Russ Cohen: In the game of baseball, numbers don’t lie

By / July 7, 2015 / Books, Media, Past, Present and Future

There are fans of the game of baseball who just appreciate a good game. They enjoy going to the ball park and 5171T8gRnKLwatching a great pitcher make a good hitter look foolish at the plate. They appreciate the memories they make with the kids. These fans love hearing the crack of the bat when it connects with a baseball or a ball hitting the catchers mitt for a called three strike.

On the other side of the spectrum, there are those fans who appreciate any and all stats they can get their hands on. They are the ones who peruse on their lunch break just before the start of a game later that day. These are the fans that will throw numbers at you to make any argument a winning one.

There is one book that Mets fans should own that can do just that. In his new book, “Numbers Don’t Lie”, Russ Cohen gives Mets fans a look at numbers they probably have never thought about before. This book will give you a new arsenal for any battle you pick with anybody.

Everybody talks about the Mets with the greatest infield from the late nineties through 2000. One key player was first baseman John Olerud. He was acquired from the Toronto Blue Jays at the end of the 1996 season. In 1998, he had a 23-game winning streak, an OBP of .447 and a .354 batting average. Olerud holds the team record for OBP and BA to this day.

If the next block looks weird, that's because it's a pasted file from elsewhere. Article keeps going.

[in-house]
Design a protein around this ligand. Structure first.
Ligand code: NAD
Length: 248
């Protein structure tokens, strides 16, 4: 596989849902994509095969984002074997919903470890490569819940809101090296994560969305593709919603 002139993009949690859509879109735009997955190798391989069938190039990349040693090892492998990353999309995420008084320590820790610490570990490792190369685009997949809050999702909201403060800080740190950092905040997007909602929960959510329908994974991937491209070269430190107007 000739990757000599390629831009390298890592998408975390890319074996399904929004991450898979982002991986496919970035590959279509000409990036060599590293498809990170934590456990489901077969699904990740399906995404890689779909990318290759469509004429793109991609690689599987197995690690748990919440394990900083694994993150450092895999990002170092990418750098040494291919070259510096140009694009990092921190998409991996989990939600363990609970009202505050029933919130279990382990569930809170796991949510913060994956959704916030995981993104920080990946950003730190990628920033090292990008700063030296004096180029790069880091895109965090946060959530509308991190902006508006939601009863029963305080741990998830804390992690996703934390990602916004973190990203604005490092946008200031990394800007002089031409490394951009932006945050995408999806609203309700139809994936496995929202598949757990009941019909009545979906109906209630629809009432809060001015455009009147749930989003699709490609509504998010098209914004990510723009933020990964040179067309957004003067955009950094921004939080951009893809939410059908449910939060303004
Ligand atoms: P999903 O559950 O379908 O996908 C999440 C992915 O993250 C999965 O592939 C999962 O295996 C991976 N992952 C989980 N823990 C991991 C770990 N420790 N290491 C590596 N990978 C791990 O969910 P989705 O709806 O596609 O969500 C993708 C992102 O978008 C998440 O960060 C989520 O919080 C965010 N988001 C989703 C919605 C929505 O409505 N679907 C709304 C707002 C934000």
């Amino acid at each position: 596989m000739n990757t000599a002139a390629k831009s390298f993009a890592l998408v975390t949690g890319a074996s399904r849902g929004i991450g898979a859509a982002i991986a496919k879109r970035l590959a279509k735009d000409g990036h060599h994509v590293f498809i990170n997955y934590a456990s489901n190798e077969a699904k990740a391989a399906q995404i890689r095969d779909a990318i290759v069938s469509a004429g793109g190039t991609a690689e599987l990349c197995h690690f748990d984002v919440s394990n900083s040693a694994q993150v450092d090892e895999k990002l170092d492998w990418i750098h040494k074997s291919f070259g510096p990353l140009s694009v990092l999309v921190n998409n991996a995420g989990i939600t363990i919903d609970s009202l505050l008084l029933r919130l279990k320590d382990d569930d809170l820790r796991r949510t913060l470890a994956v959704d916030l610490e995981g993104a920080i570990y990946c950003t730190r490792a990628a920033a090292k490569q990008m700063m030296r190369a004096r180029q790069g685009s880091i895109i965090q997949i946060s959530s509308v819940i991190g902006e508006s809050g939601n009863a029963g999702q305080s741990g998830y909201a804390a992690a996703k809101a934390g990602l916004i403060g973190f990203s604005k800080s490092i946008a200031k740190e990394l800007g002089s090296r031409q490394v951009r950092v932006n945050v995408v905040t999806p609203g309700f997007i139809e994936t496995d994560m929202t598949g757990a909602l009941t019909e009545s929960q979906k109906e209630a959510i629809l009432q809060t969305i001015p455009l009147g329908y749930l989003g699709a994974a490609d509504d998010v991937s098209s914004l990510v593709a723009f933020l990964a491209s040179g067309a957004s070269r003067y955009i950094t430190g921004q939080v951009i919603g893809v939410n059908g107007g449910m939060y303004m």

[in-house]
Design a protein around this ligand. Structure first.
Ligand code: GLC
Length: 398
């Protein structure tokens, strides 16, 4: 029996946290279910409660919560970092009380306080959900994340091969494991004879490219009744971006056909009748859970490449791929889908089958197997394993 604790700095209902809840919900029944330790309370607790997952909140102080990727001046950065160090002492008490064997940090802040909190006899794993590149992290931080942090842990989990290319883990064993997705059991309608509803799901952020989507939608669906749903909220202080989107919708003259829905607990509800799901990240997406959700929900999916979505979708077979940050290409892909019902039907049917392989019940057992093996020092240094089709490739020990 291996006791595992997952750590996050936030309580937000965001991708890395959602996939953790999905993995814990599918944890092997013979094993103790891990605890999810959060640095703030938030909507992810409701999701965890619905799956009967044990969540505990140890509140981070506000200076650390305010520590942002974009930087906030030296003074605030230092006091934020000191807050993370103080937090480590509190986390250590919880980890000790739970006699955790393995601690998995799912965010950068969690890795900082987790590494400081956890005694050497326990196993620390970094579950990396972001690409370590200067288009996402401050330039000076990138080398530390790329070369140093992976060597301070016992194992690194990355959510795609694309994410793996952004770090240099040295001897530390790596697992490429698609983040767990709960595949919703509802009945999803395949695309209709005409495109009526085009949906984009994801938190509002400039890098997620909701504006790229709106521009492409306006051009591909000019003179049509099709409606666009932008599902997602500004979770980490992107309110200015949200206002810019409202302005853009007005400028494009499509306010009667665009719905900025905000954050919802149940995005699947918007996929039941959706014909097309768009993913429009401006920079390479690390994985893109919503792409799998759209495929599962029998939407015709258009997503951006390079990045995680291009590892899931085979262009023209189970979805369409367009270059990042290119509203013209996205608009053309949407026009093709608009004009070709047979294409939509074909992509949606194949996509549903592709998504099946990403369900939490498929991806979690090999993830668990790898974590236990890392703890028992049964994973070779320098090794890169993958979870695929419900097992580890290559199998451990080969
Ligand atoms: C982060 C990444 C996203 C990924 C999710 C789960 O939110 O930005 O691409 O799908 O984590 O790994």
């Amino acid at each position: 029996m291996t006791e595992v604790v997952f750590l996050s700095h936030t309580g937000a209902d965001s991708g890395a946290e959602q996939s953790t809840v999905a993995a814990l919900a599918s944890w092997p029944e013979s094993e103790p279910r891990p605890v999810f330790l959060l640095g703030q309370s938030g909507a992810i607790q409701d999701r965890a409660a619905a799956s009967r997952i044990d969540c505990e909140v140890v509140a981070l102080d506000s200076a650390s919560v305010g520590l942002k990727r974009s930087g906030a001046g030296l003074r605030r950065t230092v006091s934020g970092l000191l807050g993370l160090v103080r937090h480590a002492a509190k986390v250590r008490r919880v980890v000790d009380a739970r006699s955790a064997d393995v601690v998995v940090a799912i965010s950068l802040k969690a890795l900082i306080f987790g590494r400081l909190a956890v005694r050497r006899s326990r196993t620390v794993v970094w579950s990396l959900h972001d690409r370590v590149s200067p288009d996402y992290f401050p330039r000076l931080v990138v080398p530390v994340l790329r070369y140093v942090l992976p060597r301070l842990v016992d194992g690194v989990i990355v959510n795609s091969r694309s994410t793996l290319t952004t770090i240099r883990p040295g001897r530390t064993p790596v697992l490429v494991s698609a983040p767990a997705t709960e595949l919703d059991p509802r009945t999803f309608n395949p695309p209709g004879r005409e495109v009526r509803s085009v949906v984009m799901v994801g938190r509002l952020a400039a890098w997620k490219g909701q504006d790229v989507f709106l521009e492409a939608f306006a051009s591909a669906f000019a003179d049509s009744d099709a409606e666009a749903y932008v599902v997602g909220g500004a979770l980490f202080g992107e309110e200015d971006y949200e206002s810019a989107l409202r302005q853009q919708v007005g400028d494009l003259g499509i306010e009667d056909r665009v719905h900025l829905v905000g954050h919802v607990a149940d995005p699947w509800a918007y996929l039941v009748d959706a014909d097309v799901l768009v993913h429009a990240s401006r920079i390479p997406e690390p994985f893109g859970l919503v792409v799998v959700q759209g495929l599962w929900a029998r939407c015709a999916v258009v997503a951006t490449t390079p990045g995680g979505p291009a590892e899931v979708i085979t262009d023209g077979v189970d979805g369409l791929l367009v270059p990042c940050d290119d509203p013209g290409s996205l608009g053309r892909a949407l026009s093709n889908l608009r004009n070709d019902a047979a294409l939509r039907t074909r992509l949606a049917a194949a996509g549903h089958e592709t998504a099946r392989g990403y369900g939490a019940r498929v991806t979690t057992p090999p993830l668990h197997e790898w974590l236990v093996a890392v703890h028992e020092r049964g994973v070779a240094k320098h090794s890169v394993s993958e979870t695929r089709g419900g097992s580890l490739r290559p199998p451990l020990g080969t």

Speaking of the greatest infield, Rey Ordonez had only four errors in 1999 in 1,316 and two-thirds innings. Don’t you wish he was still your shortstop?

There is no denying the super stardom of Darryl Strawberry. He was on his way to becoming a first ballot Hall of Famer when he was with the New York Mets. Then began his fall from grace. The drugs started. The demons he began to fight were more than the organization wanted to deal with. The Mets allowed him to walk after the 1990 season. When he became eligible for the Hall of Fame voting in 2005, he only received 1.2 percent of the votes.

September 15th, 1969. St. Louis Cardinals pitcher Steve Carlton struck out a record 19 Mets hitters, but still lost the game when Ron Swoboda hit two home runs. Mets won it 4-2.

Felix Millan, second baseman for the Mets in 1974, only struck out 14 times in 518 at-bats in the entire season.

Here is one part that drove me nuts:

September 11, 1974, the Mets and Cardinals played the second longest major league game on record: a 25-inning marathon at Shea Stadium that began shortly after 8pm and didn’t end until 3:13 am the following morning.

The game, which the Cardinals won 4-3, involved 50 players and required 15 dozen baseballs, five sweepings of the infield, and an incalculable number of bathroom breaks. Even at seven hours and five minutes, the game wasn’t the longest in elapsed time. It fell 19 minutes short of the record set by the Mets and San Francisco Giants on May 31, 1964.

I would love to meet any person that stayed up for that game.

You think you have it bad? Try having Anthony Young’s numbers. This kid had a 27-game losing streak. This is one record that will undoubtedly stand the test of time.

I have to say, this was one book I found very interesting. When it comes to baseball, I do love numbers. Whether you have one book or a hundred books on the New York Mets, this is one that you must add to your library. Just remember one thing. In the words of Howard Johnson:

As you thumb through these pages, just remember that even if numbers don’t lie, they never tell the whole story.

Sounds like another book in the making.

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